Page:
Wahoo ELEMNT Bolt 2 Review & why the best ELEMNT just got better
The new Wahoo Elemnt Bolt 2 and Garmin Edge 530 are the best performance bike computers and every review from real cyclists/triathletes says that. Both have all the features you need but the Wahoo Bolt 2 simply offers a better rider experience although perhaps Garmin edges it for the few of you who have complex navigation needs.
A pertinent fact to ponder over is that the original Bolt is now a whopping 4 years old and yet it was still selling well last month. Why? There is a reason for that; a very good reason. You will find SURPRISINGLY FEW cyclists who buy a Wahoo and then switch away to another brand. Wahoo ELEMNTs have the “just works” factor and do what you want them to.
If you’re looking for a button-operated, small-format performance bikenav or if you just want to upgrade from your original Bolt v1…then get the Visa primed for action, start smiling and get one directly from Wahoo tomorrow.
Here is my short review of the new Wahoo Bolt with some further thoughts and 30 interesting & unusual BOLT facts below, I’ve used my Bolt 2 extensively throughout H2.2021 as my main bike computer and, FWIW, it’s still on my bike.
new Wahoo Elemnt Bolt Review - 2022
Verdict: the most usable bike computer for performance and navigation.
The new Bolt is a faster device than its 4-year-old predecessor. Every existing feature is carried over and there are some sweet improvements including a pre-loaded routable map that adds the elevation and TBT directions to any route you load. The battery life is the same but the charge time is significantly faster and whilst the device+screen combo is essentially the same size, the screen quality is much improved with the colours boosted from monochrome to 64, although the resolution is unchanged.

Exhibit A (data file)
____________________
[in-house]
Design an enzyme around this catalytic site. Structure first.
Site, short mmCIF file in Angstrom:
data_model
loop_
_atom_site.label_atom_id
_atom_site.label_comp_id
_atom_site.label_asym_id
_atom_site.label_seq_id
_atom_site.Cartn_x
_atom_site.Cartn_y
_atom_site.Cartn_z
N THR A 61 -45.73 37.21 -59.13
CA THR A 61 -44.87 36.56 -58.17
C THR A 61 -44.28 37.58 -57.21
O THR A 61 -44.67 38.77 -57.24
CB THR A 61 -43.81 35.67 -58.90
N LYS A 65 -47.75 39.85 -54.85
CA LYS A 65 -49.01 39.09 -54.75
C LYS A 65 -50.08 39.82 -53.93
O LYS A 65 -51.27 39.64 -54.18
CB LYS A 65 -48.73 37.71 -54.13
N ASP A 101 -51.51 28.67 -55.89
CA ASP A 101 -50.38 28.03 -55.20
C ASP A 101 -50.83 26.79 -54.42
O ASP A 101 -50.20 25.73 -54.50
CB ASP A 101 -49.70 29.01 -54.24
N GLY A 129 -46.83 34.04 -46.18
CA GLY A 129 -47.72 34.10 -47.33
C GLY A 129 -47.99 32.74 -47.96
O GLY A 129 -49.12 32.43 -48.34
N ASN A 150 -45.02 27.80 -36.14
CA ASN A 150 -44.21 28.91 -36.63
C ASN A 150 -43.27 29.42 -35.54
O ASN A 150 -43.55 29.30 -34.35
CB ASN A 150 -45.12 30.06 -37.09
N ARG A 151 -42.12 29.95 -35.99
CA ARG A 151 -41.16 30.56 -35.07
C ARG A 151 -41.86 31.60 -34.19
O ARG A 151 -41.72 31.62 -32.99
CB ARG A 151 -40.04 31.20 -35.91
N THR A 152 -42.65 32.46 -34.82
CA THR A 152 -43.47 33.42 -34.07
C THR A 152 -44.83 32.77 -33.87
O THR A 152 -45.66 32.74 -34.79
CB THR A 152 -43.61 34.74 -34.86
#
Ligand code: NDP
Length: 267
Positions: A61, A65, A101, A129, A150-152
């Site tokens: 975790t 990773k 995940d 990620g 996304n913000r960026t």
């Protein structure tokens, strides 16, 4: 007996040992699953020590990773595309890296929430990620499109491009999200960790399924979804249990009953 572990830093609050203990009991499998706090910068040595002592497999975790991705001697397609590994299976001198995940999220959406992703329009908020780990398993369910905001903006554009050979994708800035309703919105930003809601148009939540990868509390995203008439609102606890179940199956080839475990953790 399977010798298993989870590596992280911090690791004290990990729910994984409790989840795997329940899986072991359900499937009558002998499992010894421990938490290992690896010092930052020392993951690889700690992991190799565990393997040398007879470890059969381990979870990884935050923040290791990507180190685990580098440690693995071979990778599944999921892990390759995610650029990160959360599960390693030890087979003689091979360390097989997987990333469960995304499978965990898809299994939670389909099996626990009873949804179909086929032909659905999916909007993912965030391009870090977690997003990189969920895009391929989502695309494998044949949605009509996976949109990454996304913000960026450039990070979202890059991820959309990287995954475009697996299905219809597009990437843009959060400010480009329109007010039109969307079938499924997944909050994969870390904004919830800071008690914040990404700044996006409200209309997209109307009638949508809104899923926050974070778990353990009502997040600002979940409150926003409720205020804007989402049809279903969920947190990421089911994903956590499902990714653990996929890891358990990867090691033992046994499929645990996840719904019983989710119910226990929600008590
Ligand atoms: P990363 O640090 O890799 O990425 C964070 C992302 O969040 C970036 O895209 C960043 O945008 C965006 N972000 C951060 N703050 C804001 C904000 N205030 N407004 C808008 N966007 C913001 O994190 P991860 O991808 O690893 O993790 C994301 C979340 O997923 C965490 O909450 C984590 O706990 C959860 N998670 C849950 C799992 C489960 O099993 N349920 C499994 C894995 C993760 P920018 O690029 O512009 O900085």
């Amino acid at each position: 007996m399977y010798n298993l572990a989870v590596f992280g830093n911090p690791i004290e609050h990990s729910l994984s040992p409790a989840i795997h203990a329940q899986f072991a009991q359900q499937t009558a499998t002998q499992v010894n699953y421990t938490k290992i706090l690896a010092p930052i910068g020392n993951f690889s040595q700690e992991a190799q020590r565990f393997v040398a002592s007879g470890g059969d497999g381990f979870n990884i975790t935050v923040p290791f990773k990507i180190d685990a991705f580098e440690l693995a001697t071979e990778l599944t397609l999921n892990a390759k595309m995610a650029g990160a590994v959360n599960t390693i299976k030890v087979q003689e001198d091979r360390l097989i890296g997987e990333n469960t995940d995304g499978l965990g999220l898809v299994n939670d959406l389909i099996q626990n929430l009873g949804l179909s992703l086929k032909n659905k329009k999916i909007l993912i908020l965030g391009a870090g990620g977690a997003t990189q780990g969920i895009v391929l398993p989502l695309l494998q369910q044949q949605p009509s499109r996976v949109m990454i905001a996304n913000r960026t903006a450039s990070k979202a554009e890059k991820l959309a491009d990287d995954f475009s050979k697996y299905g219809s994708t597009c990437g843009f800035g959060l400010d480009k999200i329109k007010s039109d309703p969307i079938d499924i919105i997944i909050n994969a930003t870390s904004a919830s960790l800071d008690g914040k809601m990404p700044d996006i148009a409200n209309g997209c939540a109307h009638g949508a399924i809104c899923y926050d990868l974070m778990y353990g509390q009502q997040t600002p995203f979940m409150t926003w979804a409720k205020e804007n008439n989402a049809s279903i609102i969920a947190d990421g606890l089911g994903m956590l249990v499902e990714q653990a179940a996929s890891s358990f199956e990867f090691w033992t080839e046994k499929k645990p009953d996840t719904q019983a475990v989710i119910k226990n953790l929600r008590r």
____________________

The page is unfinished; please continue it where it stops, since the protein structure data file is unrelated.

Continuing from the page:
The reasons to make an informed upgrade decision are given further below and there are 30 Facts to help those of you who are considering a switch to Wahoo…you won’t regret it.
The new Wahoo Elemnt Bolt covers every kind of riding you want to do from following a course from RwGPS whilst on holiday through to chasing Strava segment PRs live on your TT bike. If leading-edge, adaptive power training with Xert is your thing or if that lung-busting FTP-booster session from Training Peaks is more your cup of tea then all will be good.
Obviously, Bolt 2 will let you follow a Best Bike Split course with your Kickr smart trainer, bounce you senseless with your Kickr Climb, and hand off nicely during your triathlon to your Elemnt Rival watch. Heck, even your sweat will be compatible with your Kickr mat…or anyone else’s mat for that matter too.